Oppositions are very useful centralized proceedings aimed at allowing third parties to obtain the revocation of any patent granted by the European Patent Office (EPO) and held to be invalid. Oppositions can be based on a number of grounds. These are: lack of patentability, lack of novelty, lack of inventive step, lack of industrial applicability, added matter, and insufficiency of disclosure. However, oppositions cannot be based on the lack of clarity of the granted claims.

This is an area of concern for many third parties, who often feel that their competitors are granted patents with claims that are not sufficiently clear to allow for the claims to be interpreted with a sufficient degree of certainty. It is therefore always something of a victory when clarity can be discussed during oppositions before the EPO.

In a recent decision of 2 April 2014, the EPO Board of Appeal referred a number of questions to the Enlarged Board of Appeal (the EPO’s authority of highest instance) regarding precisely the extent to which clarity must be assessed where the claims are amended in the course of opposition proceedings. The questions referred are:

“1. Is the term “amendments” … to be understood as encompassing a literal insertion of (a) elements of dependent claims as granted and/or (b) complete dependent claims as granted into an independent claim, so that opposition divisions and boards of appeal are required … always to examine the clarity of independent claims thus amended during the proceedings?
2. If the Enlarged Board answers Question 1 in the affirmative, is then an examination of the clarity of the independent claim in such cases limited to the inserted features, or may it extend to features already contained in the unamended independent claim?
3. If the Enlarged Board answers Question 1 in the negative, is then an examination of the clarity of independent claims thus amended always excluded?
4. If the Enlarged Board comes to the conclusion that an examination of the clarity of independent claims thus amended is neither always required nor always excluded, what then are the conditions to be applied in deciding whether an examination of clarity comes into question in a given case?”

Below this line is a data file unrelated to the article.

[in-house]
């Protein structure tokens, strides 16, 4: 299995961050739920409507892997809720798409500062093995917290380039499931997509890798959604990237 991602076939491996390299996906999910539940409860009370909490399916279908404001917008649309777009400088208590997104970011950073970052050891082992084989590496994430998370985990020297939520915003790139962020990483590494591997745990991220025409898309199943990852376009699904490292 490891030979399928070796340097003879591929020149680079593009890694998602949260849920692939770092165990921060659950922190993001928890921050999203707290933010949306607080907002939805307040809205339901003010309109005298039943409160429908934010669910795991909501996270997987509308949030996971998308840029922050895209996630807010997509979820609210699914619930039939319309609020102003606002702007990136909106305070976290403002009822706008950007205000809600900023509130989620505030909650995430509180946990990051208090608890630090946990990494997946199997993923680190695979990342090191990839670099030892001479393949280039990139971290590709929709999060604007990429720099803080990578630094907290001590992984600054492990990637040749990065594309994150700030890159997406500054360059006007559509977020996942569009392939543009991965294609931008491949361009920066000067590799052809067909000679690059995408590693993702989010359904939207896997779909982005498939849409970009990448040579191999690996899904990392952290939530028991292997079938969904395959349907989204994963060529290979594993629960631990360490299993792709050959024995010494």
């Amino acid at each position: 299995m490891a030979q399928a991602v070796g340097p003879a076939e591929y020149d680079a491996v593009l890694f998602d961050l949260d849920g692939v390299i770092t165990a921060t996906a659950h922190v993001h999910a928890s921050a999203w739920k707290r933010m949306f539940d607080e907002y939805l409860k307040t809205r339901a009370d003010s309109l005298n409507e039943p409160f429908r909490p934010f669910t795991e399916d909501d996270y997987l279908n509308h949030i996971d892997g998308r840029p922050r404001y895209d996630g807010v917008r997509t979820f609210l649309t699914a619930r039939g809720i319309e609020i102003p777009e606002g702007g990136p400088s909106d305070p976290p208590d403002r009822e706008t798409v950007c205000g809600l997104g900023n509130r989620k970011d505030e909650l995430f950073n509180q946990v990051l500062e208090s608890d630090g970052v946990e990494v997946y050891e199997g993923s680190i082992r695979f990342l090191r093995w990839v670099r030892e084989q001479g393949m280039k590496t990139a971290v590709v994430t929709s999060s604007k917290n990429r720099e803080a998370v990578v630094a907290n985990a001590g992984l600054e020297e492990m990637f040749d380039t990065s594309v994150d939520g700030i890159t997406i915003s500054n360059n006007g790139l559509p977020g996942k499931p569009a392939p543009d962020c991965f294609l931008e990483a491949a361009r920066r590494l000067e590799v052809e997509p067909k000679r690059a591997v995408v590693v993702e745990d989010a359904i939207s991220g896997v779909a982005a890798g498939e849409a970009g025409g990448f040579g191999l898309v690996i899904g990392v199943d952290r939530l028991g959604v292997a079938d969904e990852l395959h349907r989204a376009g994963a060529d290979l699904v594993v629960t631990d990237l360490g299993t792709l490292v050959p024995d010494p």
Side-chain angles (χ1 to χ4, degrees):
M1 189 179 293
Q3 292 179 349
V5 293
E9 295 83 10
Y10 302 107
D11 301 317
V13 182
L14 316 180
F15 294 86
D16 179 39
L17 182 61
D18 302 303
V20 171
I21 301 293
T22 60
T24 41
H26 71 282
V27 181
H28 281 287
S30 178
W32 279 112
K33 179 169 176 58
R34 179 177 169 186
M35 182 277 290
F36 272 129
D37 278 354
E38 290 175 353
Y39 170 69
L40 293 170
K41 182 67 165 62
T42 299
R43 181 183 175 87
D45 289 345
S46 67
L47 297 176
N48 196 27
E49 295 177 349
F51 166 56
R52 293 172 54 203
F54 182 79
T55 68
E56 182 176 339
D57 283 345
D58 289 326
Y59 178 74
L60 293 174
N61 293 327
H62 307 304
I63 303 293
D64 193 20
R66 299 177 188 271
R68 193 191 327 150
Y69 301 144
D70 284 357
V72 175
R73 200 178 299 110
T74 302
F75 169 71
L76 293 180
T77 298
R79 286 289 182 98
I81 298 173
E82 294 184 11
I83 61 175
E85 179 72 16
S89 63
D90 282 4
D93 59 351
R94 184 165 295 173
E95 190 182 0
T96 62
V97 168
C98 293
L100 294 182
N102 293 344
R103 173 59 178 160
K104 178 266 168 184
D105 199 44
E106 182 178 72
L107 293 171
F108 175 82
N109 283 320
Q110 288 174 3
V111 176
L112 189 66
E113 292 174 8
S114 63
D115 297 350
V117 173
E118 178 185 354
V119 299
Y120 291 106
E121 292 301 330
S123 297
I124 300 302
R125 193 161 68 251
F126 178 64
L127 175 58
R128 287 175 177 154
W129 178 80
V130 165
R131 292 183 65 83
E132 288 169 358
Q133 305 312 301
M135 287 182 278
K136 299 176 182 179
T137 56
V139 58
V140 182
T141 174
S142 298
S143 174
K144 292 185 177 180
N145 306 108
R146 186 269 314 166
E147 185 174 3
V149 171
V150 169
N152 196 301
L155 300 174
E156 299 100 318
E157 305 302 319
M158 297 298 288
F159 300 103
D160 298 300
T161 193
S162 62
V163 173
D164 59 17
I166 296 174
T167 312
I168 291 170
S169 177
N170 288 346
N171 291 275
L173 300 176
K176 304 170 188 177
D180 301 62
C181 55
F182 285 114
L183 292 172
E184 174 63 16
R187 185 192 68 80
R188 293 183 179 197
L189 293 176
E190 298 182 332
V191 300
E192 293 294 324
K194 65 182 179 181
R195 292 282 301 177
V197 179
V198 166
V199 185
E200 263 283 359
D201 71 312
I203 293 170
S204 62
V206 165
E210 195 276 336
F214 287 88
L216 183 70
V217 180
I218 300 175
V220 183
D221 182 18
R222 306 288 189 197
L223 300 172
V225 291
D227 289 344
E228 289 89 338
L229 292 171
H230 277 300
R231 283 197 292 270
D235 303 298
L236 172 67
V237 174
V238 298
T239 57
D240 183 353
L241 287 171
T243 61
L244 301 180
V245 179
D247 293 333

Thus, the main issue is the extent to which, where the granted claims are amended in opposition by including a part of a dependent claim or an entire dependent claim, the resulting claims must be reviewed for compliance with the requirement of clarity since, prior to such amendment, they could not be reviewed accordingly in the course of the opposition.

The answers of the Enlarged Board of Appeal will surely influence pending and future opposition proceedings in all fields of technology. In fact, there is no obligation for a granted independent claim to be amended in opposition proceedings by including features of a dependent claim. Often the amendment is instead based on a feature taken from the description. However, it often happens that a granted dependent claim is used as a fall-back position, i.e. as a basis for amendment in the course of opposition proceedings. This is the most common reaction of the patentee immediately after requesting that the opposition be rejected and the patent be maintained as granted.

The EPO has invited interested third parties to file written statements, addressed to the Enlarged Board of Appeal. The statements will surely be very numerous and diverse, given the great interest the issue of clarity in opposition always attracts from both patent owners and the public.

pdf download PDF »